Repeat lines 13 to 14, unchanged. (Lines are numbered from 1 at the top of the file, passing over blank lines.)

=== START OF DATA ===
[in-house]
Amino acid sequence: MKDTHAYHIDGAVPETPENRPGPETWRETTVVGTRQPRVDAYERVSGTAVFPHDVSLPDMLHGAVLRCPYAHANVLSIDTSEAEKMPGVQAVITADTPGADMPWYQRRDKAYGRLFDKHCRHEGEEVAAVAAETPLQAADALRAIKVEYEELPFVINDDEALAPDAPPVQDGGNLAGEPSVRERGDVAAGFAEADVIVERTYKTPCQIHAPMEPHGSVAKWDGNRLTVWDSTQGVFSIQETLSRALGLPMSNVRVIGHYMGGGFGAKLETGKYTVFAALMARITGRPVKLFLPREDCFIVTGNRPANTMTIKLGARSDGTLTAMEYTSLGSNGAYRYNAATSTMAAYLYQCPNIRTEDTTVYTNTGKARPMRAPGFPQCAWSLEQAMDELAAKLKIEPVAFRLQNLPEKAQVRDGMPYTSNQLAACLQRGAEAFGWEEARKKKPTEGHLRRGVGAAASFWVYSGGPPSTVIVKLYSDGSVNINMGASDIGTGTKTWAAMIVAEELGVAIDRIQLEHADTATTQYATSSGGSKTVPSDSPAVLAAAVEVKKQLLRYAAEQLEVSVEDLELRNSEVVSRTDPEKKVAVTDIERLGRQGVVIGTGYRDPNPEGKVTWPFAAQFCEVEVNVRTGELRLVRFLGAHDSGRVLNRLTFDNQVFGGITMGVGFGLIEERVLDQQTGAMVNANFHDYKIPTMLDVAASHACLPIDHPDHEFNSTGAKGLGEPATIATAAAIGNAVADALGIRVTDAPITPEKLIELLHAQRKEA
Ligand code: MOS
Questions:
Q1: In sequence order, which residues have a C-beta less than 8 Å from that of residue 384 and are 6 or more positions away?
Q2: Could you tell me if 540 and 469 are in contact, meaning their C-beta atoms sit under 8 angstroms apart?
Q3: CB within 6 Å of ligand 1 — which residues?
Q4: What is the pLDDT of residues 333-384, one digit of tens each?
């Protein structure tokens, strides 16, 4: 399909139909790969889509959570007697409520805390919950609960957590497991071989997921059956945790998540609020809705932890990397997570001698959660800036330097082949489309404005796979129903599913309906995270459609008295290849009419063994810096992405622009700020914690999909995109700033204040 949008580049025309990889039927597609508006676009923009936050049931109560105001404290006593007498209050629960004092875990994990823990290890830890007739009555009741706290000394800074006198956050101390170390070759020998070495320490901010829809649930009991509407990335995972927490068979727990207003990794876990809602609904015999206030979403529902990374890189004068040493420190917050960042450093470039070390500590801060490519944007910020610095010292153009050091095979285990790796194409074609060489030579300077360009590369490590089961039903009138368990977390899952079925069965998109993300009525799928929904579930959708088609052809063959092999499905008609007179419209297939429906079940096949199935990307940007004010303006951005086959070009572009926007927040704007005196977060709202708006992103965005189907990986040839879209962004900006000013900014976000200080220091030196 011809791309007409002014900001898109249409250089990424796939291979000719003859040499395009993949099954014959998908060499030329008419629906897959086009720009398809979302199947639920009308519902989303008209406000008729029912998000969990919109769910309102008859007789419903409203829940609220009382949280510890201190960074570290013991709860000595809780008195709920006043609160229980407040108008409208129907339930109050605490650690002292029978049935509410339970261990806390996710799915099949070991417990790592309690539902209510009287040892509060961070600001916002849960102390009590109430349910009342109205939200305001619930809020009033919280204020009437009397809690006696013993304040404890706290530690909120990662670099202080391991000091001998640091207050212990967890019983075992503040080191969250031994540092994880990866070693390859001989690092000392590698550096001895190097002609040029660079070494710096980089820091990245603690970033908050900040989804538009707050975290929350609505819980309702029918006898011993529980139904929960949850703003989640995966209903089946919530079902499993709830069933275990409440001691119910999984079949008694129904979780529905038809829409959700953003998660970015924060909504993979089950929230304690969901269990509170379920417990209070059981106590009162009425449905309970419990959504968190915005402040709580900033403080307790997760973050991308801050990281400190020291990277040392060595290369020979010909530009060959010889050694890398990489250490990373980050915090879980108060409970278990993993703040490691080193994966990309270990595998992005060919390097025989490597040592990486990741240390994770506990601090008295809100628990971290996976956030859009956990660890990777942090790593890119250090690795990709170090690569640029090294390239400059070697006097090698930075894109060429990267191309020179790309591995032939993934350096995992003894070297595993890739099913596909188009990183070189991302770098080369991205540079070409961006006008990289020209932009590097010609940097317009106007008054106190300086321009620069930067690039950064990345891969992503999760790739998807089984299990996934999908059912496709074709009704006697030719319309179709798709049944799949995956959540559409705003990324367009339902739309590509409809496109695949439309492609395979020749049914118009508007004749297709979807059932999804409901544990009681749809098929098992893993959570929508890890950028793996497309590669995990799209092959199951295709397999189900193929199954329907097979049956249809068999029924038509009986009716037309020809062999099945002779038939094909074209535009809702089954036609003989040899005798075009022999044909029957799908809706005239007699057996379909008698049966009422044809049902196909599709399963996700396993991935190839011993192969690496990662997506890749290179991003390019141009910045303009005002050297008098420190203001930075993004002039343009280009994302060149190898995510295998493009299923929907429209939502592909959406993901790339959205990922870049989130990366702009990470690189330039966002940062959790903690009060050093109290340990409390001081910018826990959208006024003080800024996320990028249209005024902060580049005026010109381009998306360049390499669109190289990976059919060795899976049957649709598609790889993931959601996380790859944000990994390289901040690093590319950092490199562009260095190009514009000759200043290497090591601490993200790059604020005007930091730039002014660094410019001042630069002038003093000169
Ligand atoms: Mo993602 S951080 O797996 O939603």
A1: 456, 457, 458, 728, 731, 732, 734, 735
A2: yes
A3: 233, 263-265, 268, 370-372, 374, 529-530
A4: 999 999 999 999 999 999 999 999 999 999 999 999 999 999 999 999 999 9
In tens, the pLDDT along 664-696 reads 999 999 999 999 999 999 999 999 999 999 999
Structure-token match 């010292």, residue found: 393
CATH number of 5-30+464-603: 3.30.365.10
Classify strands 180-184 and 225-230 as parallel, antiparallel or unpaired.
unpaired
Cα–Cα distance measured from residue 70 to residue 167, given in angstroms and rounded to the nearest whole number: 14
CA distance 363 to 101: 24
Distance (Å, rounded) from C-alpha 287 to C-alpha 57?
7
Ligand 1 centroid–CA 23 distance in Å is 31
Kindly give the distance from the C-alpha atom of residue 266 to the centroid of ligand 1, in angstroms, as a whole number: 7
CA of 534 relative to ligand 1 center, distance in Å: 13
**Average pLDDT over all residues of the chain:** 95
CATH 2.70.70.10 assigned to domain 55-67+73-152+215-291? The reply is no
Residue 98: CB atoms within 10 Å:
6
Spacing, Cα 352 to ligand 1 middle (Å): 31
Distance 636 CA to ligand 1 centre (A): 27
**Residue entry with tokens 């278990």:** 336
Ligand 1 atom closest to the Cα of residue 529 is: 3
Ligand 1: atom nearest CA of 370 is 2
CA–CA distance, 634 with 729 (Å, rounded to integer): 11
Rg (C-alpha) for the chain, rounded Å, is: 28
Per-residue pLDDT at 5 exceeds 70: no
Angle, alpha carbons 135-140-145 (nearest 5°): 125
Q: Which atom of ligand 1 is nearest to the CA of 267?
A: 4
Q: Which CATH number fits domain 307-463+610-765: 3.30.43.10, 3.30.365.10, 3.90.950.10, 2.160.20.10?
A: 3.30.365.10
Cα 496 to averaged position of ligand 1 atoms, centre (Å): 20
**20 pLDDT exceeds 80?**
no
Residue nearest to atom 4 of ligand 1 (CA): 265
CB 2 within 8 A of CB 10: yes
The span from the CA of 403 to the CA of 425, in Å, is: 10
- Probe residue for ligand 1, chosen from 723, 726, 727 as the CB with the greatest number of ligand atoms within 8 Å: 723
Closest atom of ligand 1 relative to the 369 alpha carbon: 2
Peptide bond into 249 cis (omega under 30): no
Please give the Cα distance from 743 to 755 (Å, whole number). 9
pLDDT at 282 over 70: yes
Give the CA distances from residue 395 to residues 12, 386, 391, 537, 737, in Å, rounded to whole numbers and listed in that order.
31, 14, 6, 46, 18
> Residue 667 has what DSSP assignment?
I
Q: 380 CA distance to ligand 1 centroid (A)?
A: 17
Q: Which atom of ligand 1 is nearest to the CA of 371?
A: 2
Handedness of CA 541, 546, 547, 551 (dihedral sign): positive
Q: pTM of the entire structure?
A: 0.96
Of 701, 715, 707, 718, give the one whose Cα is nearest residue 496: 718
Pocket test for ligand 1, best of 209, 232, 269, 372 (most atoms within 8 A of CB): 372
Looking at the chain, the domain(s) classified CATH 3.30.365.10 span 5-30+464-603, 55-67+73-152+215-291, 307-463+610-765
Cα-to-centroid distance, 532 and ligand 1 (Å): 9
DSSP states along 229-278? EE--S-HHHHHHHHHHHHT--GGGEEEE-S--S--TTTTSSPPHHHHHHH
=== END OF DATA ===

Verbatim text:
A3: 233, 263-265, 268, 370-372, 374, 529-530
A4: 999 999 999 999 999 999 999 999 999 999 999 999 999 999 999 999 999 9